Item description for Horse: How the Horse Has Shaped Civilizations by J. Edward Chamberlin...
Overview Drawing on archaeology, biology, art, literature, and ethnography, Horse illuminates the relationship between humans and horses throughout history. It shares stories of horses at work, at war, and at play, in paintings, books, and movies, and ponders the intelligence of horses, their skill and strength as well as their grace and beauty.
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Est. Packaging Dimensions: Length: 7.59" Width: 6.52" Height: 0.83" Weight: 0.68 lbs.
Release Date May 1, 2008
ISBN 1933346132 ISBN13 9781933346137
Availability 2 units. Availability accurate as of Apr 25, 2017 02:29.
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More About J. Edward Chamberlin
J. Edward Chamberlin is a professor of English and comparative literature at the University of Toronto. He was the senior research associate with the Royal Commission on Aboriginal Peoples in Canada, and has worked extensively on native land claims around the world. He is the author of "Come Back to Me My Language: Poetry and the West Indies, ""The Harrowing of Eden: White Attitudes Towards Native Americans," and "If This Is Your Land, Where Are Your Stories?" Chamberlin has bred horses and collected stories about them for many years. He lives in Toronto.
Reviews - What do customers think about Horse: How the Horse Has Shaped Civilizations?
The only creatures to appear more often in historical artwork than horses are humans. Jul 10, 2008
The only creatures to appear more often in historical artwork than horses are humans. "Horse: How the Horse Has Shaped Civilizations" is the tale of this beast of burden and how it has shaped the cultural evolution of humanity through the ages, whether through practical use or as a source of inspiration. Veterans of war, stars of rodeos and races, Horses have always been and still are a massive part of society. "Horse: How the Horse Has Shaped Civilizations" is a deftly written look at the creature, a top pick for horse fans and community library collections dedicated to pets and wildlife.
fascinating and magical Apr 27, 2006
This is no straight history of the relationship between mankind and horses. Chamberlin somehow manages to convey the horse spirit in terms both mundane and mythological. One feels the muscled power of the beast, and can both see and hear a breath expelled from velvet nostrils on a cold rural morning. I picked this up in idle curiosity and was smitten with Big Bird. Could not stop turning the pages. I now "get it" - what all those horse lovers are about. Very cool book.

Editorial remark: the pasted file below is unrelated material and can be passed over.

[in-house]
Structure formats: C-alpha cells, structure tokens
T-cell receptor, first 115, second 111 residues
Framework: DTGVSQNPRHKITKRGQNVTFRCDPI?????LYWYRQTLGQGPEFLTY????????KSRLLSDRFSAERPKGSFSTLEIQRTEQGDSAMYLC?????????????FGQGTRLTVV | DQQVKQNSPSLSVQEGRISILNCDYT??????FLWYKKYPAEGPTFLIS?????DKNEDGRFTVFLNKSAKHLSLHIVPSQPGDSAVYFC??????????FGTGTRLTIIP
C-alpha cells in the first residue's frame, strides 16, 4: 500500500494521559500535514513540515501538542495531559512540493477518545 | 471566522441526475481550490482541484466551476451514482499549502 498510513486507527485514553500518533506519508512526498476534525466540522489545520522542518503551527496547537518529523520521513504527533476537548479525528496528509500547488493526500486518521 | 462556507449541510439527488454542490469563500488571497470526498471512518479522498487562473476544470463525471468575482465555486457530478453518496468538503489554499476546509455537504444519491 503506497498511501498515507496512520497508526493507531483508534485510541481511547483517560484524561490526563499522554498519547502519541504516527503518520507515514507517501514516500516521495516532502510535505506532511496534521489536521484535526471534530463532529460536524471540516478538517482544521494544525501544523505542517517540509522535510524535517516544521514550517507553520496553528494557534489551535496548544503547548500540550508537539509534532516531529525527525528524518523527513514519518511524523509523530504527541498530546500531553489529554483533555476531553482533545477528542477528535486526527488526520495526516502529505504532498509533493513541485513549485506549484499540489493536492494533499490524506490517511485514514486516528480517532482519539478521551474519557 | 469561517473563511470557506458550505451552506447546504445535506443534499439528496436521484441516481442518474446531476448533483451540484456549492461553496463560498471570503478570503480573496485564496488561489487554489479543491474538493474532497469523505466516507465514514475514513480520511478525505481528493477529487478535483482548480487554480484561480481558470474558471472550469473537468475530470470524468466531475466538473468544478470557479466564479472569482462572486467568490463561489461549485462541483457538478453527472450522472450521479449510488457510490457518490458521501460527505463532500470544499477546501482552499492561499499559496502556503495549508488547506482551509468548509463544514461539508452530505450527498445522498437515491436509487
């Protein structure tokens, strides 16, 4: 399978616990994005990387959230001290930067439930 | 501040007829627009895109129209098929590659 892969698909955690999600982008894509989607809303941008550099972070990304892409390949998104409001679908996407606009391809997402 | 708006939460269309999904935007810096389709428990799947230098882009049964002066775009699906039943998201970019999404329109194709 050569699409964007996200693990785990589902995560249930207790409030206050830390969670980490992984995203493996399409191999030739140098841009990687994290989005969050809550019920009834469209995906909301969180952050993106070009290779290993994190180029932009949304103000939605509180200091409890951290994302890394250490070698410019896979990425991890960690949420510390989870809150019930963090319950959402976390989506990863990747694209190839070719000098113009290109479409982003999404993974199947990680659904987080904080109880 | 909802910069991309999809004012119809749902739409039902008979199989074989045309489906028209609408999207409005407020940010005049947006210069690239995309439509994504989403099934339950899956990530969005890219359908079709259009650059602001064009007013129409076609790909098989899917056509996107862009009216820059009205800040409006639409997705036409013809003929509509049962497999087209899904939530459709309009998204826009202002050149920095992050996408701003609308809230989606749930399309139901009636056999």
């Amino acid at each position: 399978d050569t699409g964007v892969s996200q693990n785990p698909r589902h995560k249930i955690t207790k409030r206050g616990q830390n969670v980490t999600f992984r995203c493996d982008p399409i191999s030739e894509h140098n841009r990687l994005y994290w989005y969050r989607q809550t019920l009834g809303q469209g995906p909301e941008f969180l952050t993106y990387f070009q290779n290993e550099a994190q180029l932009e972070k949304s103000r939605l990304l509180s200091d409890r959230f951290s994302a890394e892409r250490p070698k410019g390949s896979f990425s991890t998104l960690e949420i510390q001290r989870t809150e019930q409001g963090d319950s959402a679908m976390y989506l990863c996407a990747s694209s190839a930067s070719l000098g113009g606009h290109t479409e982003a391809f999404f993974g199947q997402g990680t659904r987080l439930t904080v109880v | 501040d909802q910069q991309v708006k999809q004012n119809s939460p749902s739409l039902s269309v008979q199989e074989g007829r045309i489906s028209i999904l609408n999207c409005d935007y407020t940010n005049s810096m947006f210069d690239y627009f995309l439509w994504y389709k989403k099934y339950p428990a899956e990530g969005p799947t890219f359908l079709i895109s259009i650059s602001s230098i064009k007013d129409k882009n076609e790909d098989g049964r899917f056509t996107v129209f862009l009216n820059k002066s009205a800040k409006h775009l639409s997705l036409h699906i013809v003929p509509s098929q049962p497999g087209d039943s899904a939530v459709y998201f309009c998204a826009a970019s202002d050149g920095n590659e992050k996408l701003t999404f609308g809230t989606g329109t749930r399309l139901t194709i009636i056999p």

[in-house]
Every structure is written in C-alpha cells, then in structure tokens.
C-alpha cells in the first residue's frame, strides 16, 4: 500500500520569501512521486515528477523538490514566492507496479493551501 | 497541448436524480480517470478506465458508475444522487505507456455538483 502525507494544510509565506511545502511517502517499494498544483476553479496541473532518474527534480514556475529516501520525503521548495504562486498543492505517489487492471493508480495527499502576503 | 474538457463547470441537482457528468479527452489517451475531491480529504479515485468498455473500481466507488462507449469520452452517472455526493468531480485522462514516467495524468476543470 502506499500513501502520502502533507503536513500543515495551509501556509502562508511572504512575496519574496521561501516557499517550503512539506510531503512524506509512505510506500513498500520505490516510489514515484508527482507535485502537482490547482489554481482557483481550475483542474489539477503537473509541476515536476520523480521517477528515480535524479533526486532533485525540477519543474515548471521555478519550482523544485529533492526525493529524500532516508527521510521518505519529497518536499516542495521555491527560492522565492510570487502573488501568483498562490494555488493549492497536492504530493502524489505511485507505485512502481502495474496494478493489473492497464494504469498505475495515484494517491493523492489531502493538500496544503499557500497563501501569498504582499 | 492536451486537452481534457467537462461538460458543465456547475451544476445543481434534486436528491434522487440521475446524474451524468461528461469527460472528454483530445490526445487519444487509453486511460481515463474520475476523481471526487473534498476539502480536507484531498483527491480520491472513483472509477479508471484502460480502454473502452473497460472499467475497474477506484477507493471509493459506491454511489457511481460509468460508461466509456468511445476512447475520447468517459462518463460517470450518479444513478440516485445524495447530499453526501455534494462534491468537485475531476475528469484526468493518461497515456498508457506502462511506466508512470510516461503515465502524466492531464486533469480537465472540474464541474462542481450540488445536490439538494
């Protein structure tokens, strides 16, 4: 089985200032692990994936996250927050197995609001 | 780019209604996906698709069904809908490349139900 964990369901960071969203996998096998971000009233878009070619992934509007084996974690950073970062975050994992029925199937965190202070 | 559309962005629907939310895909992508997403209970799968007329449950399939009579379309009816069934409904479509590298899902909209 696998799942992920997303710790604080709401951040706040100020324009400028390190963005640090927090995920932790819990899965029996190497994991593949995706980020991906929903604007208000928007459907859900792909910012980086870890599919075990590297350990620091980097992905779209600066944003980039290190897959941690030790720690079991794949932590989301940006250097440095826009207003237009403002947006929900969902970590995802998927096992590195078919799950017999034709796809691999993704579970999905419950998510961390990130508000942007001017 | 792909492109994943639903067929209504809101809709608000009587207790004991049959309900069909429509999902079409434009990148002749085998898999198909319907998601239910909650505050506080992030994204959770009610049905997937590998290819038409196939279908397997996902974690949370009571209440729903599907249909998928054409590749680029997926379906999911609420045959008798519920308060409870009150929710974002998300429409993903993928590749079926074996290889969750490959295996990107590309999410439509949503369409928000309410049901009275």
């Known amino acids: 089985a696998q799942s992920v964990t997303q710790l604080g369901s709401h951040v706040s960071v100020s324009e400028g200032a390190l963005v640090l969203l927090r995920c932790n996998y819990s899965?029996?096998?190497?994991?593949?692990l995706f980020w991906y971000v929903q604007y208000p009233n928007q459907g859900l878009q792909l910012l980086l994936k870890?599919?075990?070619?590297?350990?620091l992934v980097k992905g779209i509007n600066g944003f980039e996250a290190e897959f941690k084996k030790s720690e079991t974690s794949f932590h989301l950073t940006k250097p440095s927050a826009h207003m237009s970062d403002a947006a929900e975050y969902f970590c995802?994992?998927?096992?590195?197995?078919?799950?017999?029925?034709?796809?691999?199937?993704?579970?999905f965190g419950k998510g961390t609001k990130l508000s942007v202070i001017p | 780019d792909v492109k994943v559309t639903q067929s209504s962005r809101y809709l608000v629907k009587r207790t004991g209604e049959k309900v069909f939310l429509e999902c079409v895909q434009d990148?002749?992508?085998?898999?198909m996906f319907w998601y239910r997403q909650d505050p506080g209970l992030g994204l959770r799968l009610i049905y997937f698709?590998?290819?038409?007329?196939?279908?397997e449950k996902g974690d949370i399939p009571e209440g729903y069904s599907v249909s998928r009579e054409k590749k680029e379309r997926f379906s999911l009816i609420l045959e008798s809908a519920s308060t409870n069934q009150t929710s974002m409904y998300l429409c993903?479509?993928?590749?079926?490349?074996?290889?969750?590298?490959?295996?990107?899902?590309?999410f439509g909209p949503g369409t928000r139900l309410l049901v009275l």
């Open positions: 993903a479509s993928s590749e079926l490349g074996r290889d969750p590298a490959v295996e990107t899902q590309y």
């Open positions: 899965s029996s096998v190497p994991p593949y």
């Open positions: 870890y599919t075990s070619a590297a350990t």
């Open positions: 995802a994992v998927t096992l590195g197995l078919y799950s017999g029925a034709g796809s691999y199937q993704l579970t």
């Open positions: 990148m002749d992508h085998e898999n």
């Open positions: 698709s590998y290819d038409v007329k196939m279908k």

A Love Story . . . Apr 5, 2006
Chamberlin's book describes the deep emotional connections between human beings and horses, which transcend civilizations. His discussion of the historical artifacts and art forms depicting horses reveals that our respect for the horse has existed since long before recorded history, and extensively details the strong positive feelings horses have consistently evoked among 'horse people'. I also particularly enjoyed Chamberlin's selection of historical anecdotes, which included vignettes illustrating Genghis Khan, Napolean and Alexander the Great's enduring relationships with their horses (among others.)
As a whole, the book was a charming portrait of how humans have seen and loved horses, which changed and broadened my view of the most important of inter-species relationships. The stories, images and facts related comprise a fascinating whole, one that I plan to revisit in the near future. This is a book that I will read and re-read.
Very Well Written... Apr 3, 2006
This book is the best cultural history of horses and humans from earliest times to the present that I am aware of. I especially liked the passages on horse racing and horse games around the world, from the Scythians to the Sioux and from the ancient Greeks and Romans to the quarter horse races of the Old West. The author makes connections between ancient and modern races, and describes race courses, audiences, and horse breeding techniques around the world over thousands of years. I had no idea that so many cultures played on horseback, from the tournaments of medieval knights and the polo of India's Moguls to the pato of the gauchos in Argentina and the chicken fight of the Navajo. This is both great fun and food for thought!
A Fascinating Book Mar 30, 2006
I thought I knew a great deal about horses and their history until I read this book and now I feel that a wealth of information has been added to my tiny store. This is a fascinating worldview of where horses came from and where and how they traveled, in addition to the relationship between horses and civilizations. Bravo!